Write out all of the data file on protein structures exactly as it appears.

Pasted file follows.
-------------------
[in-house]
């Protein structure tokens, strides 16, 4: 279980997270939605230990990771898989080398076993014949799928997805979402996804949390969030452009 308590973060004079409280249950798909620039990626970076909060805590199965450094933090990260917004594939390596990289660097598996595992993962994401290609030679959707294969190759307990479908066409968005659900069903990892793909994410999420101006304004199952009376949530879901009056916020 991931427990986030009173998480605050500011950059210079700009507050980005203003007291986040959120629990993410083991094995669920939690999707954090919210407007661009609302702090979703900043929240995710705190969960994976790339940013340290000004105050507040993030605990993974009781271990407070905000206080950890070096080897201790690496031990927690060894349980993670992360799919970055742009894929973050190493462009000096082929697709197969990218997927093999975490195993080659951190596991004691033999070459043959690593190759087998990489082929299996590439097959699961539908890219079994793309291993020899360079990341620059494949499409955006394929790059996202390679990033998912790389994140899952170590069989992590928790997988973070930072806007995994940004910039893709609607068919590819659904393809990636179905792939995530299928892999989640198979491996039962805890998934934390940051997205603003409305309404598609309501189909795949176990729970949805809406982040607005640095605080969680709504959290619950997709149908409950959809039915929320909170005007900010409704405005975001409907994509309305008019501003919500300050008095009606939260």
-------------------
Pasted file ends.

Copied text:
[in-house]
């Protein structure tokens, strides 16, 4: 279980997270939605230990990771898989080398076993014949799928997805979402996804949390969030452009 308590973060004079409280249950798909620039990626970076909060805590199965450094933090990260917004594939390596990289660097598996595992993962994401290609030679959707294969190759307990479908066409968005659900069903990892793909994410999420101006304004199952009376949530879901009056916020 991931427990986030009173998480605050500011950059210079700009507050980005203003007291986040959120629990993410083991094995669920939690999707954090919210407007661009609302702090979703900043929240995710705190969960994976790339940013340290000004105050507040993030605990993974009781271990407070905000206080950890070096080897201790690496031990927690060894349980993670992360799919970055742009894929973050190493462009000096082929697709197969990218997927093999975490195993080659951190596991004691033999070459043959690593190759087998990489082929299996590439097959699961539908890219079994793309291993020899360079990341620059494949499409955006394929790059996202390679990033998912790389994140899952170590069989992590928790997988973070930072806007995994940004910039893709609607068919590819659904393809990636179905792939995530299928892999989640198979491996039962805890998934934390940051997205603003409305309404598609309501189909795949176990729970949805809406982040607005640095605080969680709504959290619950997709149908409950959809039915929320909170005007900010409704405005975001409907994509309305008019501003919500300050008095009606939260």